Are misleading robotic surgery ads slipping past the FDA?

All too often, dangerous medical devices are touted as safe and effective in advertisements and press releases. While the marketing of medical devices is regulated by the U.S. Food and Drug Administration, some argue that the regulation is insufficient.

One of the reasons is that the FDA reportedly has just two employees who are devoted to fact-checking medical device ads while more than 60 people concentrate on promotions involving prescription drugs. Another reason is that medical devices are extremely complex, which can result in misleading ads slipping past the FDA.

A recent report by Bloomberg suggested that while robotic surgery devices are being advertised and promoted as a better option for patients, the scary truth is that they are leaving many patients injured or killed.

For example, one Colorado doctor who was promoted as being the first in his region to offer gull bladder surgery using one of the million dollar surgical robot devices is now facing a complaint from the state medical board after ten patients were seriously injured during the surgeries between 2008 and 2011.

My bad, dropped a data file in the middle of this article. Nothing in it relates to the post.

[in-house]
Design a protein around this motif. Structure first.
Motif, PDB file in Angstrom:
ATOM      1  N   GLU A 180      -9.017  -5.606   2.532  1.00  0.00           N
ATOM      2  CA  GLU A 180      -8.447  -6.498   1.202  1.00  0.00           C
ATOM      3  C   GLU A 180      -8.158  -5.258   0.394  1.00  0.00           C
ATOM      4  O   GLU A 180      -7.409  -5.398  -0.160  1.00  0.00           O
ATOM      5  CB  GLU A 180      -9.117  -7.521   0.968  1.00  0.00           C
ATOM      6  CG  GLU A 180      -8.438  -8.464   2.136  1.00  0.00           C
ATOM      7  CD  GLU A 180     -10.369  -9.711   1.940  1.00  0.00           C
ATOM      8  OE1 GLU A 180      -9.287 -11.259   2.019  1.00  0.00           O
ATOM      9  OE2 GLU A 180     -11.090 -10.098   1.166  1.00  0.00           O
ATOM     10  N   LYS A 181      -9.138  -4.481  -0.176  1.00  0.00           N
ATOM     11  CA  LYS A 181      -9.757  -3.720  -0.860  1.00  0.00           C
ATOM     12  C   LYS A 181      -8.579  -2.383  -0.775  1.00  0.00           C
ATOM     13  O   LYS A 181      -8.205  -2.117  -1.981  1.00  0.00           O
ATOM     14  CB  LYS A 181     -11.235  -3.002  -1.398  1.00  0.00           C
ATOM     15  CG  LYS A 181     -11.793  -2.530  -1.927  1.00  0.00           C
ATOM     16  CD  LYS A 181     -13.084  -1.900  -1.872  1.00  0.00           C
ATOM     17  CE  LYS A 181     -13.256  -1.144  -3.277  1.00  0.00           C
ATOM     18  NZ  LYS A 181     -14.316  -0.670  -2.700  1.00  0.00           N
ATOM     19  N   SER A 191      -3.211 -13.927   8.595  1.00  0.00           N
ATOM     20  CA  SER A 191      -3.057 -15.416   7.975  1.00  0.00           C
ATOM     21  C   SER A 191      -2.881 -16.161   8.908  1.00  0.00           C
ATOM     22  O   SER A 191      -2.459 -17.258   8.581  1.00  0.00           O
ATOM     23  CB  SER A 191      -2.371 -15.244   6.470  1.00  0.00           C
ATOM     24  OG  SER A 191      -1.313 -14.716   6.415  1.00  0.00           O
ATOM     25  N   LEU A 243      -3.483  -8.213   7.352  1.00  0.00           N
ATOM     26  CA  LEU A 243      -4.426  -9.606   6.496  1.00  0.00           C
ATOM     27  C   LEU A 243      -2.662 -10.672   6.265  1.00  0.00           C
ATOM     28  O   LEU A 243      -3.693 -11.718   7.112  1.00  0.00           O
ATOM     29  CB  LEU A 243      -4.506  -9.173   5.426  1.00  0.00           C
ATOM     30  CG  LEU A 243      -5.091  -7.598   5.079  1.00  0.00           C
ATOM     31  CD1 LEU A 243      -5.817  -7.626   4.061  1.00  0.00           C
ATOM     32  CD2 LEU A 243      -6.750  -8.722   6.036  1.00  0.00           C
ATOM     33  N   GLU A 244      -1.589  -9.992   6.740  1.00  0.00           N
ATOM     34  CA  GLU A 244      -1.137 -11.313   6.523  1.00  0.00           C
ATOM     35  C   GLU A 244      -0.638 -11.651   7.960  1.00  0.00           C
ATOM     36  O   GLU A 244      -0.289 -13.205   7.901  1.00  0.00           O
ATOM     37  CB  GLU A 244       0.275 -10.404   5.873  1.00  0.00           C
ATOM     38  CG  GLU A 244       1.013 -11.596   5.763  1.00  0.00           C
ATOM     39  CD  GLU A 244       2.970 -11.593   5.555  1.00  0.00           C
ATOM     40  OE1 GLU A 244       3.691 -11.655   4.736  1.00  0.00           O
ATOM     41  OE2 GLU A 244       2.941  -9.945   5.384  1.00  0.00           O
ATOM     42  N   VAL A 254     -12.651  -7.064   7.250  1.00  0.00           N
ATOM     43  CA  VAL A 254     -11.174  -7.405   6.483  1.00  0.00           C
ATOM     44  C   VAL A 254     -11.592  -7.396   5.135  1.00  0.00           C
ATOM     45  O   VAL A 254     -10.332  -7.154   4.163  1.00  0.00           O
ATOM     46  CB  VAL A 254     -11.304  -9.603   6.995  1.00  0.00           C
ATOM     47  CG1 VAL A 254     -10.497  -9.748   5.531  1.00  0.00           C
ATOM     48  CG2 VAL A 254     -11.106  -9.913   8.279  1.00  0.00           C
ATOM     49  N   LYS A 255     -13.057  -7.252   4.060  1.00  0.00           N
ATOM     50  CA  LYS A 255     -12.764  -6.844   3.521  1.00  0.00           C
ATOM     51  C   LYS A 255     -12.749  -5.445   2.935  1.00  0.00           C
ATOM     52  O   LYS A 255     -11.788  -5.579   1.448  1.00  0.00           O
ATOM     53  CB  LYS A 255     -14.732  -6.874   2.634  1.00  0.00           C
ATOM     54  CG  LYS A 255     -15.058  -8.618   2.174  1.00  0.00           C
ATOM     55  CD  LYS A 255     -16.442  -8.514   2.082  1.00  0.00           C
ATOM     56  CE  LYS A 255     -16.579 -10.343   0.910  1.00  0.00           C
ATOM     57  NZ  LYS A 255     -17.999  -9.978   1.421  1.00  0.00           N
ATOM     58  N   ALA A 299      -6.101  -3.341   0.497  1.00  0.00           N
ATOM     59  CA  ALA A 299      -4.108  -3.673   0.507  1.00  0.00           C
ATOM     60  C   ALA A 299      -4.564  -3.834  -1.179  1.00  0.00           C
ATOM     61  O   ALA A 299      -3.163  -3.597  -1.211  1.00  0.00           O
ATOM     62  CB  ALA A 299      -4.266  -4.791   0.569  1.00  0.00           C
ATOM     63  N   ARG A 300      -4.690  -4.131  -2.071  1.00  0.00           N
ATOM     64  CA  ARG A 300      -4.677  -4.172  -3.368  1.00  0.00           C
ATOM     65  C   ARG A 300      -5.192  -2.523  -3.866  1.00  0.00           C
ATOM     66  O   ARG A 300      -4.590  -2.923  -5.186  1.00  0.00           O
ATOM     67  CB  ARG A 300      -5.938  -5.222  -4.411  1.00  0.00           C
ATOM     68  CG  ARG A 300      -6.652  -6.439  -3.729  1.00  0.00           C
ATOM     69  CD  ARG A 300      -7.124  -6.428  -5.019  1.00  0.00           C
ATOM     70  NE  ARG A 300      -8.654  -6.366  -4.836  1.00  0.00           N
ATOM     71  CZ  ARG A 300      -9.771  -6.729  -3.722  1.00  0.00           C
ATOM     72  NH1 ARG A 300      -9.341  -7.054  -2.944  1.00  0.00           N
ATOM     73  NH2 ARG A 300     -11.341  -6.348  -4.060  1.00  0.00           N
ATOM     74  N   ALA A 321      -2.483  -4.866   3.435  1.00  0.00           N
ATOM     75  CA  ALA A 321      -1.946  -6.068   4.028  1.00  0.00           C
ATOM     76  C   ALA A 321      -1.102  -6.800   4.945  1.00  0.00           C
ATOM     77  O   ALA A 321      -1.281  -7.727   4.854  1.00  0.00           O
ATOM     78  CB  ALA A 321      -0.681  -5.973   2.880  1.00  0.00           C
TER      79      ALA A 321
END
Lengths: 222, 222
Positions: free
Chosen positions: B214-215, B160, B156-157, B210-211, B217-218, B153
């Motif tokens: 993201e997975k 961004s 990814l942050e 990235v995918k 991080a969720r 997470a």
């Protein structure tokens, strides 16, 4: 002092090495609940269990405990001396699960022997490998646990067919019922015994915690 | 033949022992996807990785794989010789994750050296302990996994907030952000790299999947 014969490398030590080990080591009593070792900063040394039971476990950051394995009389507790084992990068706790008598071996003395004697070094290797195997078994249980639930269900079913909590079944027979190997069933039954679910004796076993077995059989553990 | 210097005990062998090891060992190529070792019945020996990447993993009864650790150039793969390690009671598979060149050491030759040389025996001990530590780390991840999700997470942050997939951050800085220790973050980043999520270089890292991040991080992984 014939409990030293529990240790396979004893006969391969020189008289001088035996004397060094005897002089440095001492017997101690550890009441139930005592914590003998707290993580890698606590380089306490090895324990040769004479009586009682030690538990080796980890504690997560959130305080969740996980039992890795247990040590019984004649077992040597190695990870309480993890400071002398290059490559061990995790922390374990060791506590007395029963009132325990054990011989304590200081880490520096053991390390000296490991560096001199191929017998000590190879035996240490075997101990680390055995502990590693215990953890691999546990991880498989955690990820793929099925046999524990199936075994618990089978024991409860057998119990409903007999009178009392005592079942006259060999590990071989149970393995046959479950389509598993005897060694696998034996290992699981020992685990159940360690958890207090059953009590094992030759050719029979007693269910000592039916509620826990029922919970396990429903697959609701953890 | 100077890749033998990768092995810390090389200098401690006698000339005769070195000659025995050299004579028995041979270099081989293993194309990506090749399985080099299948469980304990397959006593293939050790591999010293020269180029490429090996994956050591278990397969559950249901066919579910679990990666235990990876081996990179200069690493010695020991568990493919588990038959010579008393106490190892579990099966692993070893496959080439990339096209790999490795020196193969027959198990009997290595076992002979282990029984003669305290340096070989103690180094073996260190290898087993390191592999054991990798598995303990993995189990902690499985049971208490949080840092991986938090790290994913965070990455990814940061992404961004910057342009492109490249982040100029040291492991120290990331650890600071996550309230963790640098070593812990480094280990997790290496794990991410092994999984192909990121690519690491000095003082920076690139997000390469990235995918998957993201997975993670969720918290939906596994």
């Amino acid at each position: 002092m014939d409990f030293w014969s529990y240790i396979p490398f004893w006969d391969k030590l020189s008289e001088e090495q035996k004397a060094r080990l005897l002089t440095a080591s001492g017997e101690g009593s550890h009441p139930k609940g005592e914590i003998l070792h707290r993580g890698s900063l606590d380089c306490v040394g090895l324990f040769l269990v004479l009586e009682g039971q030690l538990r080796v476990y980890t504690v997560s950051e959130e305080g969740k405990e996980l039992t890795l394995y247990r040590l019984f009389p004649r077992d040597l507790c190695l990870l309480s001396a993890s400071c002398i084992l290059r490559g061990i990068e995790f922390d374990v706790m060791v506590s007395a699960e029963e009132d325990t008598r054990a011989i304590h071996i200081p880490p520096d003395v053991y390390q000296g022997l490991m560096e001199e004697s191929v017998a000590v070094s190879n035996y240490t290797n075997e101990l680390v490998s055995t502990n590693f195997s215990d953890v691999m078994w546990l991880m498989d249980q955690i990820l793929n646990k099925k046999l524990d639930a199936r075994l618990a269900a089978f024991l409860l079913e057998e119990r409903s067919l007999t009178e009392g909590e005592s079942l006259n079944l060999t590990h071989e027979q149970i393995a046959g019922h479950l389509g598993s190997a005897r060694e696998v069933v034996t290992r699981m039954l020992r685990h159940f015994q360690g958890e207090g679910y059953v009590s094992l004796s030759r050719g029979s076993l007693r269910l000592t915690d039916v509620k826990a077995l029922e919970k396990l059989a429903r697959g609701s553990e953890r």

Additionally, the FDA announced in February that it was investigating robotic surgical devices, which essentially allow surgeons to perform an operation using a video game-like counsel, after noting a spike reports of adverse events related to the products, including 70 deaths.

Ultimately, hospitals, manufacturers and doctors could all potentially face liability in civil lawsuits for promoting a product without giving patients a proper warning about its risks. Hopefully, in the meantime the FDA will find a better way to regulate ads involving these medical devices and others before too many patients are misled.

Source:, “Robot Surgery Damaging Patients Rises With Misleading Marketing,” Robert Langreth, Oct. 8, 2013